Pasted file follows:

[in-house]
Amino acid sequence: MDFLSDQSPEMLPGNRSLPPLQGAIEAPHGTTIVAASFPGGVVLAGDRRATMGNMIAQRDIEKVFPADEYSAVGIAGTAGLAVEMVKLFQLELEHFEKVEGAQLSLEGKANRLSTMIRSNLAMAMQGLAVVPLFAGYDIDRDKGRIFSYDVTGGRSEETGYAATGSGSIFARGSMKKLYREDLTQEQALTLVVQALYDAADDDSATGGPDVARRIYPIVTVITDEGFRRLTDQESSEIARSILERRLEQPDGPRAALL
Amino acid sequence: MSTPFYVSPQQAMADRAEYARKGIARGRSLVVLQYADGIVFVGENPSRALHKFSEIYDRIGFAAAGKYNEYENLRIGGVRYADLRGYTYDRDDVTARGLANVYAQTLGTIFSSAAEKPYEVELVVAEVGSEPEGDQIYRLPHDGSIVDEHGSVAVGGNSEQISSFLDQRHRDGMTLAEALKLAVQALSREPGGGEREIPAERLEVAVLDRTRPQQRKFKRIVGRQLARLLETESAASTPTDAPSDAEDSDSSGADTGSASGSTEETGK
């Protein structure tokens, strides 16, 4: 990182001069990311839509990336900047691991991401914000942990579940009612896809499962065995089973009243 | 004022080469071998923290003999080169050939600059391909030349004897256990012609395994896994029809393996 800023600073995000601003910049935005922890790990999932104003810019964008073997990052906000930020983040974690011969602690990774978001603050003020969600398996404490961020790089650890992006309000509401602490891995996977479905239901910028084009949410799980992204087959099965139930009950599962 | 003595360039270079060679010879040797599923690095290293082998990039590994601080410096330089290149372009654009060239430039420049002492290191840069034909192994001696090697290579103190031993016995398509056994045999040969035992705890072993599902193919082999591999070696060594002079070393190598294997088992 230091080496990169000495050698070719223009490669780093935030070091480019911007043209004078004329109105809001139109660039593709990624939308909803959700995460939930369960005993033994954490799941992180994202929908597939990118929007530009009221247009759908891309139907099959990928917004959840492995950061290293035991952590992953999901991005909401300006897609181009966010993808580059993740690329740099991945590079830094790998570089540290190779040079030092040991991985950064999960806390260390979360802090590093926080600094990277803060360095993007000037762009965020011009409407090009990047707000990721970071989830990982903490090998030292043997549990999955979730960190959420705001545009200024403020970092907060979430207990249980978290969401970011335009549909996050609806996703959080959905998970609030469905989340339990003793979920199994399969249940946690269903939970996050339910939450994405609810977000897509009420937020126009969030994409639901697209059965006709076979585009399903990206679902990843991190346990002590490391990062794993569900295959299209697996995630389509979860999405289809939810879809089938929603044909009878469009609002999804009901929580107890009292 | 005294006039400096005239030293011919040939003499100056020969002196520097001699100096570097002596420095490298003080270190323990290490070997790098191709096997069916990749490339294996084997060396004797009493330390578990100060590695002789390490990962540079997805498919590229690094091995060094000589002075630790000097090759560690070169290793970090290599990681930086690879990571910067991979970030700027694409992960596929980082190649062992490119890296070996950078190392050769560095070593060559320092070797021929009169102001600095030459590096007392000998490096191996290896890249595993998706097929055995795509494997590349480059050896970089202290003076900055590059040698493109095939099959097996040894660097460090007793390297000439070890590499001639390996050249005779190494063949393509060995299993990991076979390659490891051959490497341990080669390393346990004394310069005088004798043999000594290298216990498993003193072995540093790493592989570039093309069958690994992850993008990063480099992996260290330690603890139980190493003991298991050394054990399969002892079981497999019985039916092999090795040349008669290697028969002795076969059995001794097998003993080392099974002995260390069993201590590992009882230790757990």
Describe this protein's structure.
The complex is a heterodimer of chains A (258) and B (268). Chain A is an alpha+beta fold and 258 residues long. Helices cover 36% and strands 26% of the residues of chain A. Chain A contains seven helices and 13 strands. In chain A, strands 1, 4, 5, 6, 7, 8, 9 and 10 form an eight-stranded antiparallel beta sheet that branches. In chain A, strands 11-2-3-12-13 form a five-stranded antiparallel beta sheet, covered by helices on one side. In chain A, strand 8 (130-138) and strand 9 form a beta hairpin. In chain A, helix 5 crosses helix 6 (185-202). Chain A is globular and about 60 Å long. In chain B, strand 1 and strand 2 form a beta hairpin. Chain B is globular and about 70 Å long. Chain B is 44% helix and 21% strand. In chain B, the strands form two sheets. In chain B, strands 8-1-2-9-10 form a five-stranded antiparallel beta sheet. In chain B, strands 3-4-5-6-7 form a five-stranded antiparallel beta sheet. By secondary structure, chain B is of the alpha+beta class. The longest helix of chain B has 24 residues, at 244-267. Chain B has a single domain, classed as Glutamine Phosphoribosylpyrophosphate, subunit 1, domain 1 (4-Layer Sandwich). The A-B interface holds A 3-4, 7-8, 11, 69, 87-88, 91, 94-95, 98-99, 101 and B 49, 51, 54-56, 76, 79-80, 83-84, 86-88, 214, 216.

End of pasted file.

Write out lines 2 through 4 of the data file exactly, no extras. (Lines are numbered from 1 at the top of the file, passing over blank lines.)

Amino acid sequence: MDFLSDQSPEMLPGNRSLPPLQGAIEAPHGTTIVAASFPGGVVLAGDRRATMGNMIAQRDIEKVFPADEYSAVGIAGTAGLAVEMVKLFQLELEHFEKVEGAQLSLEGKANRLSTMIRSNLAMAMQGLAVVPLFAGYDIDRDKGRIFSYDVTGGRSEETGYAATGSGSIFARGSMKKLYREDLTQEQALTLVVQALYDAADDDSATGGPDVARRIYPIVTVITDEGFRRLTDQESSEIARSILERRLEQPDGPRAALL
Amino acid sequence: MSTPFYVSPQQAMADRAEYARKGIARGRSLVVLQYADGIVFVGENPSRALHKFSEIYDRIGFAAAGKYNEYENLRIGGVRYADLRGYTYDRDDVTARGLANVYAQTLGTIFSSAAEKPYEVELVVAEVGSEPEGDQIYRLPHDGSIVDEHGSVAVGGNSEQISSFLDQRHRDGMTLAEALKLAVQALSREPGGGEREIPAERLEVAVLDRTRPQQRKFKRIVGRQLARLLETESAASTPTDAPSDAEDSDSSGADTGSASGSTEETGK
């Protein structure tokens, strides 16, 4: 990182001069990311839509990336900047691991991401914000942990579940009612896809499962065995089973009243 | 004022080469071998923290003999080169050939600059391909030349004897256990012609395994896994029809393996 800023600073995000601003910049935005922890790990999932104003810019964008073997990052906000930020983040974690011969602690990774978001603050003020969600398996404490961020790089650890992006309000509401602490891995996977479905239901910028084009949410799980992204087959099965139930009950599962 | 003595360039270079060679010879040797599923690095290293082998990039590994601080410096330089290149372009654009060239430039420049002492290191840069034909192994001696090697290579103190031993016995398509056994045999040969035992705890072993599902193919082999591999070696060594002079070393190598294997088992 230091080496990169000495050698070719223009490669780093935030070091480019911007043209004078004329109105809001139109660039593709990624939308909803959700995460939930369960005993033994954490799941992180994202929908597939990118929007530009009221247009759908891309139907099959990928917004959840492995950061290293035991952590992953999901991005909401300006897609181009966010993808580059993740690329740099991945590079830094790998570089540290190779040079030092040991991985950064999960806390260390979360802090590093926080600094990277803060360095993007000037762009965020011009409407090009990047707000990721970071989830990982903490090998030292043997549990999955979730960190959420705001545009200024403020970092907060979430207990249980978290969401970011335009549909996050609806996703959080959905998970609030469905989340339990003793979920199994399969249940946690269903939970996050339910939450994405609810977000897509009420937020126009969030994409639901697209059965006709076979585009399903990206679902990843991190346990002590490391990062794993569900295959299209697996995630389509979860999405289809939810879809089938929603044909009878469009609002999804009901929580107890009292 | 005294006039400096005239030293011919040939003499100056020969002196520097001699100096570097002596420095490298003080270190323990290490070997790098191709096997069916990749490339294996084997060396004797009493330390578990100060590695002789390490990962540079997805498919590229690094091995060094000589002075630790000097090759560690070169290793970090290599990681930086690879990571910067991979970030700027694409992960596929980082190649062992490119890296070996950078190392050769560095070593060559320092070797021929009169102001600095030459590096007392000998490096191996290896890249595993998706097929055995795509494997590349480059050896970089202290003076900055590059040698493109095939099959097996040894660097460090007793390297000439070890590499001639390996050249005779190494063949393509060995299993990991076979390659490891051959490497341990080669390393346990004394310069005088004798043999000594290298216990498993003193072995540093790493592989570039093309069958690994992850993008990063480099992996260290330690603890139980190493003991298991050394054990399969002892079981497999019985039916092999090795040349008669290697028969002795076969059995001794097998003993080392099974002995260390069993201590590992009882230790757990």